After temporarily stopping all deposits and withdrawals on the platform, Liechtenstein-based crypto exchange LCX acknowledged the hack of one of its hot wallets. The illicit transfer of eight ERC-20 tokens, including ETH, USDC, LINK, and MKR, followed the hot wallet compromise.
PeckShield, a blockchain security firm, initially discovered the hack thanks to an unusual movement of ERC-20 tokens from LXC to an unidentified Ethereum wallet. As a result, the LCX token has gone down 9.8 percent in the last 24 hours.
LCX has yet to provide any potential solutions for recovering the stolen monies. Only the exchange’s security procedures for other wallets and assets have been stated. The LCX exchange hack occurred at a time when Bitcoin’s (BTC) price was on the decline.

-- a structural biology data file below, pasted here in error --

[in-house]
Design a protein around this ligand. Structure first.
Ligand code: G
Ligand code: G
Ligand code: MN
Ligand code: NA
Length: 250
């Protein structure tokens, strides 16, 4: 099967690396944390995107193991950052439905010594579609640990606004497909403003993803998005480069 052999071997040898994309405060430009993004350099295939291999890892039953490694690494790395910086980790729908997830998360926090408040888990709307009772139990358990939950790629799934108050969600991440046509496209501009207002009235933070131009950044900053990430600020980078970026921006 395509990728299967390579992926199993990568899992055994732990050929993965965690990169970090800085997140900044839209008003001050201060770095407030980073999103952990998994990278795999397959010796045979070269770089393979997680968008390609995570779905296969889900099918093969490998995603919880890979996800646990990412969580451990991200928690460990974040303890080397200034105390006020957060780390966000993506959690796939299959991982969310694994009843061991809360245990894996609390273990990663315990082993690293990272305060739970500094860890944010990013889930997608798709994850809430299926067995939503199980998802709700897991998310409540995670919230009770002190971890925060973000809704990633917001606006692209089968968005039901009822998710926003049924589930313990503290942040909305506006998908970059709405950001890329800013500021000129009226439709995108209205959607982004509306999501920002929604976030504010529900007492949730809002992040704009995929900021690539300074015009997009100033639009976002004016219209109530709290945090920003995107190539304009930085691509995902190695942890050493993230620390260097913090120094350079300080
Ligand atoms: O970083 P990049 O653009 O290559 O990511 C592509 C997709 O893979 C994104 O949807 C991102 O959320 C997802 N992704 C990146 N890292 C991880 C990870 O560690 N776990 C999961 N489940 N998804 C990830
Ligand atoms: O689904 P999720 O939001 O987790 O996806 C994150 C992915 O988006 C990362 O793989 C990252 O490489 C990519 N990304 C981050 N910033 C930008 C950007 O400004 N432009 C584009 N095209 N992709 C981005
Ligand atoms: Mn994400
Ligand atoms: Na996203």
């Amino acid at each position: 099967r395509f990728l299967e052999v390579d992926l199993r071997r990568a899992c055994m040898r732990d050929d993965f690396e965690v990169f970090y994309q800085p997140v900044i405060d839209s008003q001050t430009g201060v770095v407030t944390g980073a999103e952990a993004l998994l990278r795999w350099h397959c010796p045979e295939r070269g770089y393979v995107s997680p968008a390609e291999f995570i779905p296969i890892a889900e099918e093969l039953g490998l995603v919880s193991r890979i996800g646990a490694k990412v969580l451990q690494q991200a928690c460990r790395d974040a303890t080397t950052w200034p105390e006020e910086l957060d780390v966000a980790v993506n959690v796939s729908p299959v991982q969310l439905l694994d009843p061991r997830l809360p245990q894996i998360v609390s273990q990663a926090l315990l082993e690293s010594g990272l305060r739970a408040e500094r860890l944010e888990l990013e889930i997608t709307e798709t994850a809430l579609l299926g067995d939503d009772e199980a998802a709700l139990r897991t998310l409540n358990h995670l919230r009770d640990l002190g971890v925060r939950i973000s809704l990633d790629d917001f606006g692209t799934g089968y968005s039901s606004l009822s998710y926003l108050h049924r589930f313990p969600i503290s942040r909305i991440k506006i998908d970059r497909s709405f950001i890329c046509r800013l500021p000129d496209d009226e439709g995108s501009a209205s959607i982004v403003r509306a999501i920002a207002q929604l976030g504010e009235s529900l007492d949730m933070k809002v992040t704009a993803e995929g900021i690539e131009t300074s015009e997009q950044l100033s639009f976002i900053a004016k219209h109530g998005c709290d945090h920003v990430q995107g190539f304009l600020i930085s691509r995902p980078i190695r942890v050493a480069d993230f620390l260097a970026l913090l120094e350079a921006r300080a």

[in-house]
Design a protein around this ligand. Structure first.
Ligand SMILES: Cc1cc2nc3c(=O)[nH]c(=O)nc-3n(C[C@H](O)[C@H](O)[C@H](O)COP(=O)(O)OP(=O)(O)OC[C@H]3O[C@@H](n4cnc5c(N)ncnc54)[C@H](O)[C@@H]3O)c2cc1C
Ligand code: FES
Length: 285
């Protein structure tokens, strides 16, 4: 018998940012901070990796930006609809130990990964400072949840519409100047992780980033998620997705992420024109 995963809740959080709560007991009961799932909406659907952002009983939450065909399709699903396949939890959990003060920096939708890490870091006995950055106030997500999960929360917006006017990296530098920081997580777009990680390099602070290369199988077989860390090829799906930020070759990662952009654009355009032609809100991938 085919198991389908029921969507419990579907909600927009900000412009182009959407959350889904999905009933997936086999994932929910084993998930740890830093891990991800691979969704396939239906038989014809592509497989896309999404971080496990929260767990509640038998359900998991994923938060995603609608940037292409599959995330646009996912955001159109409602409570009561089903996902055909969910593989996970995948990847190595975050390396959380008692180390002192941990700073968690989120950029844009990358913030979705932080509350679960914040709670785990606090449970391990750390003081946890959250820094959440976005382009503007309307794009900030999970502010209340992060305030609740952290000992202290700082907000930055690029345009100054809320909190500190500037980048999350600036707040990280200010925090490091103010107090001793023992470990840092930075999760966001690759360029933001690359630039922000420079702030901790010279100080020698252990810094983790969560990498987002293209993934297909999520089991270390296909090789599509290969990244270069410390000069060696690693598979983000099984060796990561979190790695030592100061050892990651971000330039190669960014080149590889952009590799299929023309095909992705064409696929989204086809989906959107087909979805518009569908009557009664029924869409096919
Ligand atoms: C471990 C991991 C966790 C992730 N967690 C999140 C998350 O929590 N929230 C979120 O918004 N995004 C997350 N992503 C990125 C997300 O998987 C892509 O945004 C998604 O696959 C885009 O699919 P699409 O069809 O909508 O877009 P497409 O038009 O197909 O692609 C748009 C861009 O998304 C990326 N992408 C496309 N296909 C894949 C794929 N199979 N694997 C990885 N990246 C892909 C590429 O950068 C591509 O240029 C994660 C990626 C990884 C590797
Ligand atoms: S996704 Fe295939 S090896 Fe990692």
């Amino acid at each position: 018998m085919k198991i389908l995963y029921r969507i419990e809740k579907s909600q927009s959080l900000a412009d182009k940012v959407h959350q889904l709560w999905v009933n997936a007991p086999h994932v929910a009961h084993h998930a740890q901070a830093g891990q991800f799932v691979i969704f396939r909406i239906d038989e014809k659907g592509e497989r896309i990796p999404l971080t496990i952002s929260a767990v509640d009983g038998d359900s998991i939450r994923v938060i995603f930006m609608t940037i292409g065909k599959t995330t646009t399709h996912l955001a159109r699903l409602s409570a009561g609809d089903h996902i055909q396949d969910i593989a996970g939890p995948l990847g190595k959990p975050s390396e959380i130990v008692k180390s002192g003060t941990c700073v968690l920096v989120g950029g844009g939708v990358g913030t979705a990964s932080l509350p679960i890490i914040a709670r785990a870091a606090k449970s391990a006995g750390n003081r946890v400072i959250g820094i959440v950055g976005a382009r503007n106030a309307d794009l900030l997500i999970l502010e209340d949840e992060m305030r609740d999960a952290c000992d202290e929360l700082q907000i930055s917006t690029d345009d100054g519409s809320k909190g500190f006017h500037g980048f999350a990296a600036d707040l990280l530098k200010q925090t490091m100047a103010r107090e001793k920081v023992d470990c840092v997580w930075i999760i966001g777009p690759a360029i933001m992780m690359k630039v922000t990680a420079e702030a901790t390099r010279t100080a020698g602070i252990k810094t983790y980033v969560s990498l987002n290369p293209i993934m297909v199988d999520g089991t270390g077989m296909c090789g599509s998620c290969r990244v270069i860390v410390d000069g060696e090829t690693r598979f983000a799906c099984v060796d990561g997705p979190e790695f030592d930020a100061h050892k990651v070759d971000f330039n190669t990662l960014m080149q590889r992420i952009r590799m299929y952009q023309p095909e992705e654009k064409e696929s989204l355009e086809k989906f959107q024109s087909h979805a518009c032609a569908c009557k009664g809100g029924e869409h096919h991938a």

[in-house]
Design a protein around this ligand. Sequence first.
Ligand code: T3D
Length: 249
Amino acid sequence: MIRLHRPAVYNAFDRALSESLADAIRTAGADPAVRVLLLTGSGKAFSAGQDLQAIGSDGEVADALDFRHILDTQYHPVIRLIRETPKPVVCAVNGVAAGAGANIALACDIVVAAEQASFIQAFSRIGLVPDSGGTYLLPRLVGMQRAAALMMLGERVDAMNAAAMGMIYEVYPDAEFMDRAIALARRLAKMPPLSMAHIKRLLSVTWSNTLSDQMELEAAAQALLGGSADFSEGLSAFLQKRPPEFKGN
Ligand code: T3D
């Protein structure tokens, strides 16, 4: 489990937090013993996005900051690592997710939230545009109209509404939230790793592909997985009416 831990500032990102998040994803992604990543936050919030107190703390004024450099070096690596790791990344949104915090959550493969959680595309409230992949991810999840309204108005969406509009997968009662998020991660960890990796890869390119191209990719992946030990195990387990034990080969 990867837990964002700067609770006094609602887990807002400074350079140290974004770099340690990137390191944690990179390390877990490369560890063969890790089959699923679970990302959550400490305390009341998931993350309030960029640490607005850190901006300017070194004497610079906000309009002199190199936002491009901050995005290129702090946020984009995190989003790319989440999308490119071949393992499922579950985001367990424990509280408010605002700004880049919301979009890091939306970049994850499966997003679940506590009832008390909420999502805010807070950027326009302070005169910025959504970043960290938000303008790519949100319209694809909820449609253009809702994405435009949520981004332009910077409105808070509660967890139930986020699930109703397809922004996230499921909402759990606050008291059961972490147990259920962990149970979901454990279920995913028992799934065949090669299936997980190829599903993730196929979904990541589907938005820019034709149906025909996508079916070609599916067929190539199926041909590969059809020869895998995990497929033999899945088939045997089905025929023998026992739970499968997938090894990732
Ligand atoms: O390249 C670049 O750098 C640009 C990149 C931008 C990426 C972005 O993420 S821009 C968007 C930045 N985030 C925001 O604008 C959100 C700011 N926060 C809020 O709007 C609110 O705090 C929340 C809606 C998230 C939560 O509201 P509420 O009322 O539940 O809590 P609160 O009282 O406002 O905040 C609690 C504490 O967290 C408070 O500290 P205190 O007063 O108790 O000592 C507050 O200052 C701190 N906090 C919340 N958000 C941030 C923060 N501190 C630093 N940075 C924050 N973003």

Hot wallet hacks are all too common these days. For example, Bitmart lost $196 million when two hot wallets were hacked on December 5, 2021, causing the loss of ETH and BSC. Bitmart has committed to refunding the payments, but customers who have been affected are growing impatient.
On December 11, 2021, AscendEX disabled deposits after $77 million worth of ERC-20, BSC, and Polygon tokens were exchanged out of its hot wallet.
In August 2021, the Japanese exchange Liquid Global acknowledged a compromise of their warm wallets. As a result, all assets were relocated to cold storage wallets, and deposits and withdrawals were halted.
Because they are always online, hot wallets have the benefit of being simple to use. Web-based wallets, mobile wallets, and desktop wallets are all available.
This week appears to be a particularly poor one for the flagship currency Bitcoin and the cryptocurrency sector.
As investors analyse the latest U.S. jobs report and now turn their focus to inflation data, gold was down in Asia on Monday morning, holding near a three-week low.
Silver was unchanged at $22.29 an ounce, platinum was up 0.1 percent, and palladium was down 0.3 percent among other precious metals.
On Monday, oil prices rose somewhat as supply interruptions in Kazakhstan and Libya outweighed concerns over the rapid global spread of Omicron infections.